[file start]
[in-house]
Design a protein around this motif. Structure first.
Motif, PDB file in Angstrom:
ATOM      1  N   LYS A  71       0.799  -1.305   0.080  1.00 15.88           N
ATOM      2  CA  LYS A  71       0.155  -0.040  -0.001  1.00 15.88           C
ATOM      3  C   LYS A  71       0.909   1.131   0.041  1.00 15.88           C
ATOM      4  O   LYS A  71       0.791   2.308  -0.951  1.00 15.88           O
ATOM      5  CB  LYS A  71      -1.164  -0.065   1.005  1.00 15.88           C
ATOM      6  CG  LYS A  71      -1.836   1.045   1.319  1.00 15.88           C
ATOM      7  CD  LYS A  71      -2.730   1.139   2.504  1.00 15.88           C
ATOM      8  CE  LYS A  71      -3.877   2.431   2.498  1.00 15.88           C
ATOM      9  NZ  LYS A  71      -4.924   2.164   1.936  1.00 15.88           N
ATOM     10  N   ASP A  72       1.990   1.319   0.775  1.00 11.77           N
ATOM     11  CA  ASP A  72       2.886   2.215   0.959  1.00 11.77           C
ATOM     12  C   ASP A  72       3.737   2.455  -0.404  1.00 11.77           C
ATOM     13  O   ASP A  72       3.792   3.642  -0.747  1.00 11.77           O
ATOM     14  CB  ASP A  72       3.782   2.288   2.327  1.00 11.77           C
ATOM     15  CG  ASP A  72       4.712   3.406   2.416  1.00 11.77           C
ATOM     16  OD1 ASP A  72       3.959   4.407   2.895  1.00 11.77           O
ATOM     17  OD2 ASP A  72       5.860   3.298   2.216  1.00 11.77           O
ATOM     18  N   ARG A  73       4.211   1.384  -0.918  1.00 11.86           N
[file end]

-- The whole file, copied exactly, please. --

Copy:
[in-house]
Design a protein around this motif. Structure first.
Motif, PDB file in Angstrom:
ATOM      1  N   LYS A  71       0.799  -1.305   0.080  1.00 15.88           N
ATOM      2  CA  LYS A  71       0.155  -0.040  -0.001  1.00 15.88           C
ATOM      3  C   LYS A  71       0.909   1.131   0.041  1.00 15.88           C
ATOM      4  O   LYS A  71       0.791   2.308  -0.951  1.00 15.88           O
ATOM      5  CB  LYS A  71      -1.164  -0.065   1.005  1.00 15.88           C
ATOM      6  CG  LYS A  71      -1.836   1.045   1.319  1.00 15.88           C
ATOM      7  CD  LYS A  71      -2.730   1.139   2.504  1.00 15.88           C
ATOM      8  CE  LYS A  71      -3.877   2.431   2.498  1.00 15.88           C
ATOM      9  NZ  LYS A  71      -4.924   2.164   1.936  1.00 15.88           N
ATOM     10  N   ASP A  72       1.990   1.319   0.775  1.00 11.77           N
ATOM     11  CA  ASP A  72       2.886   2.215   0.959  1.00 11.77           C
ATOM     12  C   ASP A  72       3.737   2.455  -0.404  1.00 11.77           C
ATOM     13  O   ASP A  72       3.792   3.642  -0.747  1.00 11.77           O
ATOM     14  CB  ASP A  72       3.782   2.288   2.327  1.00 11.77           C
ATOM     15  CG  ASP A  72       4.712   3.406   2.416  1.00 11.77           C
ATOM     16  OD1 ASP A  72       3.959   4.407   2.895  1.00 11.77           O
ATOM     17  OD2 ASP A  72       5.860   3.298   2.216  1.00 11.77           O
ATOM     18  N   ARG A  73       4.211   1.384  -0.918  1.00 11.86           N